• I am inclined to agree that given all the technology in our hands, anonymity for sperm donors is increasingly unreliable. And maybe that’s a good thing. More likely to remain anonymous are the countless guys who participate in relatively casual (and anonymous) one night stands. In any event, perhaps the best thing to do is to deal with the reality of non-anonymity. At the risk of repeating myself, I wouldn’t do that by declaring all the donors are parents.

      I’m interesting in your first observation–that it may not be DNA, but rather, the “act of creating a child.” That’s something I might agree with, except I bet we’ll disagree about what the relevant “act” is. Is engaging in intercourse the one and only act of creating a child?

      If you consider ART there are so many acts and so many actors. The doctors, the lab techs, the people who purchase genetic materials, the people who provide genetic materials-each of them acts in a way that it necessary to the creation of a child. They cannot all be parents, can they? So either we choose among them or we say no ART? (Both are possible positions.)

      What about saying that where there is a shared intention among the actors about who will be responsible for the child (that is, all the actors agree), then the agreed upon person or people is or are the one(s) responsible?

  5. Even one-night stands will not be anonymous in the future. The guy in question leaves a finger print: his DNA. When Genealogy DNA data bases, in a not to distant future, reach the 1% level of the population there is a high probability that it will include either one of his second or third cousins, and then he can be traced without too great difficulty. People are not generally aware of this fact and don’t know that the national DNA databases in the US and UK are used by the police in this way. But this is a different discussion.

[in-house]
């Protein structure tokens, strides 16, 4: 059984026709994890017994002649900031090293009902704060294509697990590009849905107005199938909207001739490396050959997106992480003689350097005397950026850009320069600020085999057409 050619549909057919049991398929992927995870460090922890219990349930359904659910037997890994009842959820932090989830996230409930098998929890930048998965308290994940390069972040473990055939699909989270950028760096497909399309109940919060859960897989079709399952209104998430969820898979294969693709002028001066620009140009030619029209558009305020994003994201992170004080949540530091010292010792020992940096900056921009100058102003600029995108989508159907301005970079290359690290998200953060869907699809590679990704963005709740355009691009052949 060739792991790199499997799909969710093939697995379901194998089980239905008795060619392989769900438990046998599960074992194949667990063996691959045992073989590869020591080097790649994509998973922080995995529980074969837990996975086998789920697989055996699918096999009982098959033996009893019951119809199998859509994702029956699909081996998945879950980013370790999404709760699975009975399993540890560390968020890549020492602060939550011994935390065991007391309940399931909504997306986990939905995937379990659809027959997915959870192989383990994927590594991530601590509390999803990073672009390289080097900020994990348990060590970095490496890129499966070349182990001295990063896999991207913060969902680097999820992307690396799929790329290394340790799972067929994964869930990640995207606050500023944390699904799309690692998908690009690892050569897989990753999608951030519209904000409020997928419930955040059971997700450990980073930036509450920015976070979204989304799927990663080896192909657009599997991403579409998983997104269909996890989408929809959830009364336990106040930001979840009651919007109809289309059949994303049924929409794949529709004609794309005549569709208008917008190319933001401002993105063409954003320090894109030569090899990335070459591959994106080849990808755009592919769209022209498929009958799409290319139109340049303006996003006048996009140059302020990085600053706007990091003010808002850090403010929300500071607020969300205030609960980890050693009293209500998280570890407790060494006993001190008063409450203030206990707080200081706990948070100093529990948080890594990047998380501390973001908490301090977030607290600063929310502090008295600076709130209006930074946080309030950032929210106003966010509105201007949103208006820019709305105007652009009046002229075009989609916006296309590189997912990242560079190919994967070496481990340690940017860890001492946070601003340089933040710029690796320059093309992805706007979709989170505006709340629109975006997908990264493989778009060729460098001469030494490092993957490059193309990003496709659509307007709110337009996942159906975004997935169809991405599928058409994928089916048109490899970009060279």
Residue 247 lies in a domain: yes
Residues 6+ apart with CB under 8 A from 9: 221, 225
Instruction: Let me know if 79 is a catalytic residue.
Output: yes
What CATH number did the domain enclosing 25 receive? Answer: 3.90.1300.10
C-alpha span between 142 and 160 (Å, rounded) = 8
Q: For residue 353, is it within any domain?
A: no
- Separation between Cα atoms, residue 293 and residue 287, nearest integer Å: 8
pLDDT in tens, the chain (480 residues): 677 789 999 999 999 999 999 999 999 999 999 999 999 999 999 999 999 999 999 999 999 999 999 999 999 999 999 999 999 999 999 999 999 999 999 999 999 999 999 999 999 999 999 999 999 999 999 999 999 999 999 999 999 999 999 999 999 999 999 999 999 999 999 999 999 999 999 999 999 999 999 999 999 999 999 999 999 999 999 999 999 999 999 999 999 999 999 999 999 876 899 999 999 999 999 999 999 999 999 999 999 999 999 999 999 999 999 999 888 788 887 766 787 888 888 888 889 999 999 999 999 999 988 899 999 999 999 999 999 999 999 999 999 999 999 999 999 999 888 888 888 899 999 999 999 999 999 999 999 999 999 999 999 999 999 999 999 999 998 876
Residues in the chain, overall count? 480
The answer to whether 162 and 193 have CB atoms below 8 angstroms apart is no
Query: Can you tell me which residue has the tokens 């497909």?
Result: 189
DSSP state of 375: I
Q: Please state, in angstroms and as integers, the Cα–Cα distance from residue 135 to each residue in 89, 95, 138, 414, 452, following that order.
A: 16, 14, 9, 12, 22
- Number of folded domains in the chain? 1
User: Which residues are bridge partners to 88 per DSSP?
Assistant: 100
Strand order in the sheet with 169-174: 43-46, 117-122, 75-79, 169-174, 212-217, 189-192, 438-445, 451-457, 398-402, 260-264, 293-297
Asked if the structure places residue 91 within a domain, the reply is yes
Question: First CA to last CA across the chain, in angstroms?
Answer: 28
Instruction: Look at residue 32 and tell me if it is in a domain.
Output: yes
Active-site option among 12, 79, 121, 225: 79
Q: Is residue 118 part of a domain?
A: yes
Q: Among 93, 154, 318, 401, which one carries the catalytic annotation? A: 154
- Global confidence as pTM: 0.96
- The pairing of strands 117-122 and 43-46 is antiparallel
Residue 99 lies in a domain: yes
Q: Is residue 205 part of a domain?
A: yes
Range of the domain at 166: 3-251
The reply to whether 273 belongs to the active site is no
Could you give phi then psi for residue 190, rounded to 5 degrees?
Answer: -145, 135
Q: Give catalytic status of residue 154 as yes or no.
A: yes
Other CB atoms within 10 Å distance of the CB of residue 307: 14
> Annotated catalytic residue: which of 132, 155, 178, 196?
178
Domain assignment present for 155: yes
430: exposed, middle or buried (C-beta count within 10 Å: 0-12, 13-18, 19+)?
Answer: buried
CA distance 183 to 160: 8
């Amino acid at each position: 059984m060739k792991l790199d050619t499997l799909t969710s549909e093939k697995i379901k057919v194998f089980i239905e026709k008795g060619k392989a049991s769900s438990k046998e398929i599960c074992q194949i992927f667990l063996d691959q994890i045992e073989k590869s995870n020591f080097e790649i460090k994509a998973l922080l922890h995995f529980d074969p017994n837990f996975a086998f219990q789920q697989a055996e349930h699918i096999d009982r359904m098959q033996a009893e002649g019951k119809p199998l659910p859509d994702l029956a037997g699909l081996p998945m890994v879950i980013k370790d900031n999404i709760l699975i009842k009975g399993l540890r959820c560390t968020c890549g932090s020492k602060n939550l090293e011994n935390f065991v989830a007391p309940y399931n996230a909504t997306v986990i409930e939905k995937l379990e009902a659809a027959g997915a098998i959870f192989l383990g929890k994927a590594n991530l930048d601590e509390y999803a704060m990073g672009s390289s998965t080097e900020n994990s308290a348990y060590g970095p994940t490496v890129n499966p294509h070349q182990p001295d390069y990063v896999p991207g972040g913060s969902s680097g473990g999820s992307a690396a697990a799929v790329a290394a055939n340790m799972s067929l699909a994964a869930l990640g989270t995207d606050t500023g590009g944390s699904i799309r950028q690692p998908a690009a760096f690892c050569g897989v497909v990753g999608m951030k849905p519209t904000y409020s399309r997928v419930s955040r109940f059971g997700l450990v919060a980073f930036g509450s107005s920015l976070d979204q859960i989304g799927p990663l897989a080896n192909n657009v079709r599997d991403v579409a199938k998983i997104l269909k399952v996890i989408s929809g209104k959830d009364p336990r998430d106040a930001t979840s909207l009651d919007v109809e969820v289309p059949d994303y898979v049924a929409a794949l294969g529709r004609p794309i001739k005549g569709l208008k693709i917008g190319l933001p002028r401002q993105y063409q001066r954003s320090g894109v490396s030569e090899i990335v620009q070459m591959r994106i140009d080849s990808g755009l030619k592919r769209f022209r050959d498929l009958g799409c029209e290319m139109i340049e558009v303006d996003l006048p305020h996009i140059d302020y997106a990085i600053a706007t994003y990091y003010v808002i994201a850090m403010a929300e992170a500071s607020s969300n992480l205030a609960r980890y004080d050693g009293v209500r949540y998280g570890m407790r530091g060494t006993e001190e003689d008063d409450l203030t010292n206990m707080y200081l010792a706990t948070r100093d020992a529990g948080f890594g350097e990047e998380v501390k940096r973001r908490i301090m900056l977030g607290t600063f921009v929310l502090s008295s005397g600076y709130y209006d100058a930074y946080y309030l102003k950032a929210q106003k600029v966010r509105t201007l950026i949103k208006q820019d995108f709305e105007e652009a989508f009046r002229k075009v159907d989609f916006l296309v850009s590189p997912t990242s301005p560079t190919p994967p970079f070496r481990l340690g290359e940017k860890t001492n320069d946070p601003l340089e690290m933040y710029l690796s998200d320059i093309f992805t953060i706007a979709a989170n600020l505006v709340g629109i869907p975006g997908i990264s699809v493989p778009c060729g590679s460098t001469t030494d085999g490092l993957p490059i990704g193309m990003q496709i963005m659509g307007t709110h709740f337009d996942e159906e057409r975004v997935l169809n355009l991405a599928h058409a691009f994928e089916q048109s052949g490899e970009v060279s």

I don’t believe that the technical method of fertilization is relevant, neither morally nor legally. It is the moral act, not the technical method that is important. Believe it or not, but some women actually sleep with their sperm donor There even exist women in their thirties in Europe (where it is legal)who use 17 year old boys to get pregnant and report them as fathers afterwards. It attracted the attention of some statisticians and politicians payed enough attention to warn women against using men as “natural” sperm donors, indicating that such behaviour could undermine the fertility laws.

    Morally speaking everybody involved in a fertility treatment are responsible, but you are right that they can not all be parents. To be a parent is a permanent role, and hardly anybody can do it on their own, not even two biological parents. Unless you are very rich (and certain to remain so and remaining alive) you should be sure that you have a permanent support network, which for most people mean their extended family.

    I read a sad story of a woman who was dying from cancer and having a donor child. Her family would take no responsibility for the child because they could not relate to the way it had been created. She made an adoption agreement with another woman who had used the same sperm donor. I hope it worked out for the child.